Single-Electron Counting of Electrical Current
Physical Science Laboratory
Electrical current is widely used in various electronic systems, and is one of the fundamental measurement for electron transport phenomena. However, the minimum detectable current is remained at around 105 -106 electrons/sec. Recent development in nanotechnology research enables us to manipulate single electron in a small conductive island (quantum dot). More recent activities are devoted to some applications, such as single-electron transistors and memories, as well as physical interests on electronic states in quantum dots. In this study, we have succeeded in observation of each electron tunneling events through a quantum dot in real time scale, which is expected to be applied to extremely sensitive ampere meter that counts how many electrons has passed through a device.
In this work, we prepare two quantum dots (the upper one and the lower one) coupled electrostatically, and the current through the upper dot can be detected with a change in the current through the lower dot . Electron counting can be realized since the current through the lower dot decreases (increases) when an electron enters (leaves) the upper quantum dot. The device used in this study is shown in the SEM picture of Fig. 1. Two quantum dots (denoted by circles) embedded in isolated two electrical channels is fabricated in AlGaAs/GaAs modulation-doped heterostructure by etching process (dark regions) and fine Schottkey gates (bright vertical lines). We feed a small current through the upper quantum dot, and tunneling events can be measured with the conductance through the lower dot. In order to improve the frequency band width, high-frequency carrier signal (660 MHz) is introduced, and the transmitted signal is amplified with LC resonator and detected with a mixer. The output voltage, Vdet, is proportional to the conductance of the lower dot.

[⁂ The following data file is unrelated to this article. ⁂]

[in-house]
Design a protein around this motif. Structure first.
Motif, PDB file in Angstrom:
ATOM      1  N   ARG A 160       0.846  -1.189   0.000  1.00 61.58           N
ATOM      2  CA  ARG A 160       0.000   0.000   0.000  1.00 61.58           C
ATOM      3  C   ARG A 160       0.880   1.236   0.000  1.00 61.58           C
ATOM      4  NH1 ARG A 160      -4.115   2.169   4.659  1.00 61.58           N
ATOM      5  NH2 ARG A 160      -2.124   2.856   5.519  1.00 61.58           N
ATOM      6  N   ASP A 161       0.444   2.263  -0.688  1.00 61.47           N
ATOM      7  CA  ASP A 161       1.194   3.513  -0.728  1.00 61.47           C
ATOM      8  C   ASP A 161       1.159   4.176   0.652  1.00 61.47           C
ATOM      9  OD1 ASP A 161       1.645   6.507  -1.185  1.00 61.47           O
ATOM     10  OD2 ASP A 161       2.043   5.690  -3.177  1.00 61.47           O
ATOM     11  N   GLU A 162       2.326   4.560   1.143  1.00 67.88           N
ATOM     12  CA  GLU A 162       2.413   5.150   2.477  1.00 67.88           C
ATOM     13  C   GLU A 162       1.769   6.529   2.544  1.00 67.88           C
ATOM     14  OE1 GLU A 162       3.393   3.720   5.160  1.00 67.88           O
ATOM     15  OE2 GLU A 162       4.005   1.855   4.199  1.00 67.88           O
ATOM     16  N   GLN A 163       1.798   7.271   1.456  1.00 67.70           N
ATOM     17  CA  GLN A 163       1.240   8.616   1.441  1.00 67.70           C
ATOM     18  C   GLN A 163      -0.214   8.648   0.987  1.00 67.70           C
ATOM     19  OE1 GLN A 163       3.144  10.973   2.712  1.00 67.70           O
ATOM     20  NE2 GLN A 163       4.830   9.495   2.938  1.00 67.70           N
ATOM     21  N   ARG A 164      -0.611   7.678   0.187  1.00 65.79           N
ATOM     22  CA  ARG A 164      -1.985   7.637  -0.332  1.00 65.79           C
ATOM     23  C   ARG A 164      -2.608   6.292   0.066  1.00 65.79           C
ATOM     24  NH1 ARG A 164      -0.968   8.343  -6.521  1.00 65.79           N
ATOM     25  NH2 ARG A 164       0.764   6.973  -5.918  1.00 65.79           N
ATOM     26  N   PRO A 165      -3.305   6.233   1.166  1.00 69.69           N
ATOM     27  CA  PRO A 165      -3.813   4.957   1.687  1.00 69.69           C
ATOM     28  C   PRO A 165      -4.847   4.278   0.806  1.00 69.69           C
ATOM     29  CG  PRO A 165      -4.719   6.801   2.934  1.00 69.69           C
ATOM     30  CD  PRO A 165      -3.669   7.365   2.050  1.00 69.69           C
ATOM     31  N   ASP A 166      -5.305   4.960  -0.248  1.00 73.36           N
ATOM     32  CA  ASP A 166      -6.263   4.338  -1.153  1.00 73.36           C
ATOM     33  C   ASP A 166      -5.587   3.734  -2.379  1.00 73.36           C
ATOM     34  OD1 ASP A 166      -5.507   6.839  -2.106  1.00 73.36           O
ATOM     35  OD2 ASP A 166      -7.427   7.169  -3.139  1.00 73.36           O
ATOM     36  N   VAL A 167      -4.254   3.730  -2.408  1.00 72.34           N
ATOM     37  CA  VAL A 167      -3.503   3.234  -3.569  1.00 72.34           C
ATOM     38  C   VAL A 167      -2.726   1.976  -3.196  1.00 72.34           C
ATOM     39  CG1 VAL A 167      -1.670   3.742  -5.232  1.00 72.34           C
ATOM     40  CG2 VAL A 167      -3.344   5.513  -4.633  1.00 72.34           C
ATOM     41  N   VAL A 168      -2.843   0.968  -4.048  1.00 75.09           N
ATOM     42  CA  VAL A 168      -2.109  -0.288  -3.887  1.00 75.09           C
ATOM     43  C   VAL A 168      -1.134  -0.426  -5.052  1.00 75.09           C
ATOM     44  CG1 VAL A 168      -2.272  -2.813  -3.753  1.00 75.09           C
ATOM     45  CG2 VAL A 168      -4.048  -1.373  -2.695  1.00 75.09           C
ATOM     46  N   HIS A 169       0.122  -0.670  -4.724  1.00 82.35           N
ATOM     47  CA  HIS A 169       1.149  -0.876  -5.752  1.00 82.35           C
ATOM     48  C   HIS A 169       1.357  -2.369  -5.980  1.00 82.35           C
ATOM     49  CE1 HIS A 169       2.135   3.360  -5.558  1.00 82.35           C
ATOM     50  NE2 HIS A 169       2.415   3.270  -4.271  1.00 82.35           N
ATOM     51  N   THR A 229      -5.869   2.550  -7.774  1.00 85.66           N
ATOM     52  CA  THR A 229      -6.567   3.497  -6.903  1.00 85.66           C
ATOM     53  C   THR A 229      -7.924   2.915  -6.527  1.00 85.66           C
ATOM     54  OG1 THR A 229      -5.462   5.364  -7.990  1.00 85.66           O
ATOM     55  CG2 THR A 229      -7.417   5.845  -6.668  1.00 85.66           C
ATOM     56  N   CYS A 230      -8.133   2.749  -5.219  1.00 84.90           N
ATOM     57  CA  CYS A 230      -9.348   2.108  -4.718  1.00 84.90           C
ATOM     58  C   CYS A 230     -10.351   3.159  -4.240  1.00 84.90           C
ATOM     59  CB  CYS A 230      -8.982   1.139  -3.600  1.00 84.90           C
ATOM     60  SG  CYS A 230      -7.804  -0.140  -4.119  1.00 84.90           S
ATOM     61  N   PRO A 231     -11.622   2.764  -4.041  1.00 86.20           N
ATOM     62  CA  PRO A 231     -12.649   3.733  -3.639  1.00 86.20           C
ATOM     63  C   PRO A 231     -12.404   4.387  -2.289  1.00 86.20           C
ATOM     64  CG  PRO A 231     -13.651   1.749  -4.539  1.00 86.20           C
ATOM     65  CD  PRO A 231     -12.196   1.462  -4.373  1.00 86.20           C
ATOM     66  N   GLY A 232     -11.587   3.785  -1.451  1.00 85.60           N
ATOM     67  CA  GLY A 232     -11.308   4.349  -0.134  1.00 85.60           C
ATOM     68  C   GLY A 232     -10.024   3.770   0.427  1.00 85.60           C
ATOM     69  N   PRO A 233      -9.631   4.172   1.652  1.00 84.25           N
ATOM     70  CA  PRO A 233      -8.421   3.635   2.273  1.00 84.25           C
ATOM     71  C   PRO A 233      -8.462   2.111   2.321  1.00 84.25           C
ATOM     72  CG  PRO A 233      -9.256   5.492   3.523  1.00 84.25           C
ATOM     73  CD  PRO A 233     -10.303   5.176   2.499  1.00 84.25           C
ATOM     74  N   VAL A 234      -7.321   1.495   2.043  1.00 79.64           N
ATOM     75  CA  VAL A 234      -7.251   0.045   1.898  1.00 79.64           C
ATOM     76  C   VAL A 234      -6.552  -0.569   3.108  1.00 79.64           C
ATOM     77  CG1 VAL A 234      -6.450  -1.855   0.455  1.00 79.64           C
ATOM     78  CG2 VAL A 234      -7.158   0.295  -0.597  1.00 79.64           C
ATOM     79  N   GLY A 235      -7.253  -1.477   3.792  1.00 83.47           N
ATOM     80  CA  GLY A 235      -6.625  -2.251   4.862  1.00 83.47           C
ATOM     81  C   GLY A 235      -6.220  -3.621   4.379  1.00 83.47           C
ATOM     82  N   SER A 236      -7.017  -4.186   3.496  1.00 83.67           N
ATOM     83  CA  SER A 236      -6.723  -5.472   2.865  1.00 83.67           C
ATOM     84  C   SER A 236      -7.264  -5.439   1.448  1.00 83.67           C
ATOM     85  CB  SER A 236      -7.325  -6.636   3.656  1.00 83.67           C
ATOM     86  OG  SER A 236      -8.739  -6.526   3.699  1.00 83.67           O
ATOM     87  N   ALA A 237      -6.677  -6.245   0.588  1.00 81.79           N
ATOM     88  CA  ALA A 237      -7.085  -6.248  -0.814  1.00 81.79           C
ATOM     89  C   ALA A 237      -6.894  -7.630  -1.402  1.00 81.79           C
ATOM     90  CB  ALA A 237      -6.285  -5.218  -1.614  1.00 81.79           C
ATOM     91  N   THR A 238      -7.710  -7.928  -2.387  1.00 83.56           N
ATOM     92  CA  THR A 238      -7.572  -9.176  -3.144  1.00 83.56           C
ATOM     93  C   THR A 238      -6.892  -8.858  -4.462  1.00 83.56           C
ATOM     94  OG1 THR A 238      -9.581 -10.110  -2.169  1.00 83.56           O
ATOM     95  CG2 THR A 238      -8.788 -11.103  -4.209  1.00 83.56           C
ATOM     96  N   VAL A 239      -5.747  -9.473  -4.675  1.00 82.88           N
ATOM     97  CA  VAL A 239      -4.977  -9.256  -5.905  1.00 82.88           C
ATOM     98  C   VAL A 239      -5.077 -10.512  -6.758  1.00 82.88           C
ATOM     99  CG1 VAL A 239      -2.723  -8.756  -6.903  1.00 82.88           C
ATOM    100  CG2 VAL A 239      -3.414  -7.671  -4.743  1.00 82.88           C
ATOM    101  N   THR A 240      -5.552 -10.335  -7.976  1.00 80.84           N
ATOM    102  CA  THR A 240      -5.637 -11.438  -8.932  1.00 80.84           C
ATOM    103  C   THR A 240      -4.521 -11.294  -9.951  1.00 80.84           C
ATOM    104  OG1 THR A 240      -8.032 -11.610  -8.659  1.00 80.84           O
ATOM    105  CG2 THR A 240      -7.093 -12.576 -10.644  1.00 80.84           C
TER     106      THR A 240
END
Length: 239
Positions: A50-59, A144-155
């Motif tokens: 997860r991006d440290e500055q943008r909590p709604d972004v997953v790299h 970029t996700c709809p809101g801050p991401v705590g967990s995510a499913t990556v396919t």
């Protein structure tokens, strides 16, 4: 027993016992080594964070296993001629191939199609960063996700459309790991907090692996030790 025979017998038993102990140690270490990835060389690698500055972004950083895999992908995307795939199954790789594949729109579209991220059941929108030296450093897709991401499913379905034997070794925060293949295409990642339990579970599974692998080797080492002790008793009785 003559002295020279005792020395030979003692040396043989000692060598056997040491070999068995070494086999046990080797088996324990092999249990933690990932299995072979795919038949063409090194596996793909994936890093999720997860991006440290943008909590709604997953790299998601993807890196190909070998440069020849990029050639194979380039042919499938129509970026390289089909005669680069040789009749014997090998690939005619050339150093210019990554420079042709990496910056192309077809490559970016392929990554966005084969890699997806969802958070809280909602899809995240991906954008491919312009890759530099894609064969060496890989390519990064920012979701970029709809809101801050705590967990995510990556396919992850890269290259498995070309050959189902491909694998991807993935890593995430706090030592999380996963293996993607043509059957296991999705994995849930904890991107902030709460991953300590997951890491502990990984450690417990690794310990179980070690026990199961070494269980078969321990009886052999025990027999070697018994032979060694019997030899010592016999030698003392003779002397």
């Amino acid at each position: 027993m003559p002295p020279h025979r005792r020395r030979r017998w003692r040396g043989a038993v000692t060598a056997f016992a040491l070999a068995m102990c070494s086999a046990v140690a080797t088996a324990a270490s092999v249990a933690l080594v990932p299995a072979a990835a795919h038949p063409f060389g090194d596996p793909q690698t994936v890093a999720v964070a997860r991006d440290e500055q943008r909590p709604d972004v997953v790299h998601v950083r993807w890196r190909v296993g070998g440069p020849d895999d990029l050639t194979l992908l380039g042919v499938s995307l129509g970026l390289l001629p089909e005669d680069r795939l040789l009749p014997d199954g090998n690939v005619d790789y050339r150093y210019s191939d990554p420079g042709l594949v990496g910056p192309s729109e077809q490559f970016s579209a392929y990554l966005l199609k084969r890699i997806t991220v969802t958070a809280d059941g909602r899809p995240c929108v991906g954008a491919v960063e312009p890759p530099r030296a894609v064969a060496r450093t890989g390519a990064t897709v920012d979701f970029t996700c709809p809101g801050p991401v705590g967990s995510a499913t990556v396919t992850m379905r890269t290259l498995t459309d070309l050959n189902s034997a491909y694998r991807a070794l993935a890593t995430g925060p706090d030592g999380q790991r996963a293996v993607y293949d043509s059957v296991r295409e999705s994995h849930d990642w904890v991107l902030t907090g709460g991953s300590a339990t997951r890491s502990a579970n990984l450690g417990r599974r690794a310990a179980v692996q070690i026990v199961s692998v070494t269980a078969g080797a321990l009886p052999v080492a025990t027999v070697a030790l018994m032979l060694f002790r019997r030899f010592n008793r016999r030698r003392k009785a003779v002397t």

Figure 2(a) shows typical time dependent signal Vdet, when the upper quantum dot is adjusted at the Coulomb blockade (CB) condition and at the single-electron tunneling (SET) condition. Binary switching signal is appeared in the SET condition, and double peak feature is observed in the histogram of Vdet taken with a loger period (shown in Fig. 2(b)). Therefore, we are able to determine when an electron enter the upper dot (denoted by white circles in Fig. 2(a)) and when an electron escape to the electrode (solid circles). In this case, there are five tunneling events within the 10 ms period, corresponding to 0.08 fA of current. We expect to develop an electron counting device for either current direction in future.
 T. Fujisawa et al., Appl. Phys. Lett. 84, 2343 (2004).
Fig. 1. Measurement system and an electron counting device.
Fig. 2. Single-electron counting (SET) and background noise (CB)
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